Every supermarket chain's area of growth is the high street - the small Metro, Local, Express stores. Customers looking for value and being prepared to look at options coupled with sophisticated and aggressive competition means that the consumer is forcing us that way, irrespective of the industry.

Tell me about your recently announced plans to reshape field operations
We undertook our largest ever research programme with our clients over the last three months, as a part of a much larger global piece. We found that there was a client desire to see Aramark actively challenge the status quo and bring fresh thinking to their business.

As a result, we've introduced a team of client relationship executives into the business that will work with the operations teams to support the creation of value for its clients while delivering on day-to-day operations.

The company also established sector specialists in order to have people that are intimately knowledgeable about things that are primary in those sectors.

What else did the research reveal?
It helped us to establish our three primary goals, of which improved client relationship is the first. The second is around employee engagement.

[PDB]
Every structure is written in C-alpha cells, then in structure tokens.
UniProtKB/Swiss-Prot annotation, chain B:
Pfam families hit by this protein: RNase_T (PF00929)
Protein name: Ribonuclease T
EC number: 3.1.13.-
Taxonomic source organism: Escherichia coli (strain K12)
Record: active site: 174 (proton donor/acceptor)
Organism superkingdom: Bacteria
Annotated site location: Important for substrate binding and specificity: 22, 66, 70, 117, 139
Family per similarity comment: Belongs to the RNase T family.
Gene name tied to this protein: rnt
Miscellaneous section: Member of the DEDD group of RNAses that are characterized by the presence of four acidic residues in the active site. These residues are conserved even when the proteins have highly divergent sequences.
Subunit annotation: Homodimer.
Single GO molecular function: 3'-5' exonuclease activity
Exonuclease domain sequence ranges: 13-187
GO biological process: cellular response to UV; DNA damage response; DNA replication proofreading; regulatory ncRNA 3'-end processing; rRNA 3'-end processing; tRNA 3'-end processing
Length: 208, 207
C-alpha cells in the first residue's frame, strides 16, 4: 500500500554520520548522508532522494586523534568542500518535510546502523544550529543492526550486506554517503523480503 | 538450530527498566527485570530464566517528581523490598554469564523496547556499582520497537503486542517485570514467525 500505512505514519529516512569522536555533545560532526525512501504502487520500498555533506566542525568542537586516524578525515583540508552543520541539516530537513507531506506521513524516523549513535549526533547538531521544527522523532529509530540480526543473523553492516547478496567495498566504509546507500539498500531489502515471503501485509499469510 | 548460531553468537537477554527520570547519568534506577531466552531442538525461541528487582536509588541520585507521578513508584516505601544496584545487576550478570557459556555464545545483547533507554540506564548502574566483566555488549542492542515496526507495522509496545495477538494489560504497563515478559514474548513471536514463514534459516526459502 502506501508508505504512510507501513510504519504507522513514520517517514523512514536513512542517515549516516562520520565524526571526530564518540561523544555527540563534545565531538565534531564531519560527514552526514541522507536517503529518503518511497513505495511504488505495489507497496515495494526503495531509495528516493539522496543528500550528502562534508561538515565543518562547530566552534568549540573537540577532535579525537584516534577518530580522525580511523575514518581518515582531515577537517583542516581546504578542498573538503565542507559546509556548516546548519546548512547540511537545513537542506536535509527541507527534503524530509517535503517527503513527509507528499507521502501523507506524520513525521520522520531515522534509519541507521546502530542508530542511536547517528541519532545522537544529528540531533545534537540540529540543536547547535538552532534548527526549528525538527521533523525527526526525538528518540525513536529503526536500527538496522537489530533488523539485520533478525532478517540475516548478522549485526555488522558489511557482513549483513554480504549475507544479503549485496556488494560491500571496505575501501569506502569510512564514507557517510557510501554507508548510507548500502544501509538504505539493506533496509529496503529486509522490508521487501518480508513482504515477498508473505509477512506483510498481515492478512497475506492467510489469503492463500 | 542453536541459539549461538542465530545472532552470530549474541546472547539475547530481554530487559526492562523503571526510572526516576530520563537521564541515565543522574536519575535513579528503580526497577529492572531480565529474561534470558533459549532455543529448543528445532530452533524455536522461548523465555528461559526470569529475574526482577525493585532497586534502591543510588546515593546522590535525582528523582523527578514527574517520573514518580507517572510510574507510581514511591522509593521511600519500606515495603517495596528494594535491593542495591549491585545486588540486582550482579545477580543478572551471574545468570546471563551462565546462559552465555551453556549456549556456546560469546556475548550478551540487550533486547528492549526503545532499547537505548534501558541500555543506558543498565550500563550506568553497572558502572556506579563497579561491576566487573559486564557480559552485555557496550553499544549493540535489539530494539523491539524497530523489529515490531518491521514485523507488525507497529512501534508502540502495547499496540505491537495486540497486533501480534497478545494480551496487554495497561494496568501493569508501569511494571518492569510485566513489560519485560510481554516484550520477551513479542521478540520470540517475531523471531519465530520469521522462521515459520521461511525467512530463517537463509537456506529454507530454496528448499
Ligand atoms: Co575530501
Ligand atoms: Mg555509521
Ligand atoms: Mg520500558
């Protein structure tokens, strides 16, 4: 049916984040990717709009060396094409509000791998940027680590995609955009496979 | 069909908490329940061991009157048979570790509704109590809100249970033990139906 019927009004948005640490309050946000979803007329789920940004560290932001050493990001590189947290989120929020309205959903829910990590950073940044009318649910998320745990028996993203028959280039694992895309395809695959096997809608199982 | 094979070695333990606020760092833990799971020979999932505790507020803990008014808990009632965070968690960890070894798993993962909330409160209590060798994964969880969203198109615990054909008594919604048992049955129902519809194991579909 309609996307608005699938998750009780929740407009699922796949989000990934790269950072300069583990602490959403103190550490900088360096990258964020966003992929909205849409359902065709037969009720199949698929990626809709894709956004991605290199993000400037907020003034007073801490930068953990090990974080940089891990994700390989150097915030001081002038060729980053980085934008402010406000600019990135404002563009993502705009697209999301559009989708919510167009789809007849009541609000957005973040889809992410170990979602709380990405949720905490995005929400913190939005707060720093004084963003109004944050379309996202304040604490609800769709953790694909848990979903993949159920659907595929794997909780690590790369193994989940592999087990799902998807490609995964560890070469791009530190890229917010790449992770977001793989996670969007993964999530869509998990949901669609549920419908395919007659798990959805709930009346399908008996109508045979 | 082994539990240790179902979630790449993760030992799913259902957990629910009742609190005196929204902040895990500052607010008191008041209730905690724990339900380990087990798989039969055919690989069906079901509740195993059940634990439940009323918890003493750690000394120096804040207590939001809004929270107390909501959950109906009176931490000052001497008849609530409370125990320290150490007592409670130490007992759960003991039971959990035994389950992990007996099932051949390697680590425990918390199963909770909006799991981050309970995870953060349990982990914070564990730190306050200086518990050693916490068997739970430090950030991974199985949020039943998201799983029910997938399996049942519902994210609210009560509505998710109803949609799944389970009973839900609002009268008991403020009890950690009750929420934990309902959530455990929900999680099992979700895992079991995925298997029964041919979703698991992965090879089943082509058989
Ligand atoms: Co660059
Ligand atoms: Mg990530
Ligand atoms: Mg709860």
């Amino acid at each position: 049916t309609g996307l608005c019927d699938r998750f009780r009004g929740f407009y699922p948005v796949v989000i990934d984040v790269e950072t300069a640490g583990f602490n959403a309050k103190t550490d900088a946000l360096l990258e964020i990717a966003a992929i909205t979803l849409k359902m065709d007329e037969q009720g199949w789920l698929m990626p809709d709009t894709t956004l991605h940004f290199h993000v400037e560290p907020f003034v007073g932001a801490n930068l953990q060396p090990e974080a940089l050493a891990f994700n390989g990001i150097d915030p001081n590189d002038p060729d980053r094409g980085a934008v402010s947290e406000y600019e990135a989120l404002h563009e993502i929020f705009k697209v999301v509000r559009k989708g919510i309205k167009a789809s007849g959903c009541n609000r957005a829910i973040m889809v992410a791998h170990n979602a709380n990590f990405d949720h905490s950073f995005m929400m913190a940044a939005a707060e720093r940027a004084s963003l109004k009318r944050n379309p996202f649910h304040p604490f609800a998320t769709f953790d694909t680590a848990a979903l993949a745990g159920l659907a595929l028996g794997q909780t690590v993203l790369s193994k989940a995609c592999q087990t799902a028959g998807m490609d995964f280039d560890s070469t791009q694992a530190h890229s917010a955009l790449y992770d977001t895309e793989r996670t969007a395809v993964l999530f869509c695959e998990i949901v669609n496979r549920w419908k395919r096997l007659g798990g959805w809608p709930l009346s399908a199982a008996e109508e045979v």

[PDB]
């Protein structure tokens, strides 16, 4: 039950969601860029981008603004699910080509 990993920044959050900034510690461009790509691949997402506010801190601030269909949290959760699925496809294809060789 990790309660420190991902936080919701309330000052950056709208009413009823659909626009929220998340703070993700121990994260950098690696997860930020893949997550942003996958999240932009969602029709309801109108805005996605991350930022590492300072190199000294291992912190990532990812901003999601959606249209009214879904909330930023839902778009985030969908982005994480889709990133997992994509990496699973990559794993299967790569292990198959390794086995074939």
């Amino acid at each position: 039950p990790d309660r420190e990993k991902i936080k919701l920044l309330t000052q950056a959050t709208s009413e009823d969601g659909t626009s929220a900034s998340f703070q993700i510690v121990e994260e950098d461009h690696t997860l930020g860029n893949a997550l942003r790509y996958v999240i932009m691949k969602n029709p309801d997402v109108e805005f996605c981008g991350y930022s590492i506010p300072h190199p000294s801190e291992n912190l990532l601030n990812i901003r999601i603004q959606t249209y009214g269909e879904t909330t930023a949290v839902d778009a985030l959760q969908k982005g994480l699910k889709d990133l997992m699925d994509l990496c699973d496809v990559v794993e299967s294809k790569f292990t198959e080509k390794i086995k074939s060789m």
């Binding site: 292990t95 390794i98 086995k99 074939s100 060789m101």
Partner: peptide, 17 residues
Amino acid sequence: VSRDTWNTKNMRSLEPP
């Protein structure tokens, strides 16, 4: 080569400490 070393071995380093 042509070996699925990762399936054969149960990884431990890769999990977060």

For the last two years we've partnered with an organisation called Gallup, which says that there are certain aspects of employment that have a real ability to move the needle. These include staff feeling valued by their employer, being recognised for their efforts and having the opportunity to learn and grow. This research has formed a basis on which to continuously improve the levels of engagement.

The third goal is to improve operating efficiency. We've spent the last year working on a project called One Best Way, which examined ways in which duplicate processes could be standardised across the corporation.

We found that 80% of what the company does on the frontline is common, regardless of the sector. To address that, the company recognised that if individuals focused on operations regionally rather than by sector, it would have a significant impact on quality of work life. They could then focus on delivering consistency to, and spend more time with, a number of clients in a number of markets by reducing travel time.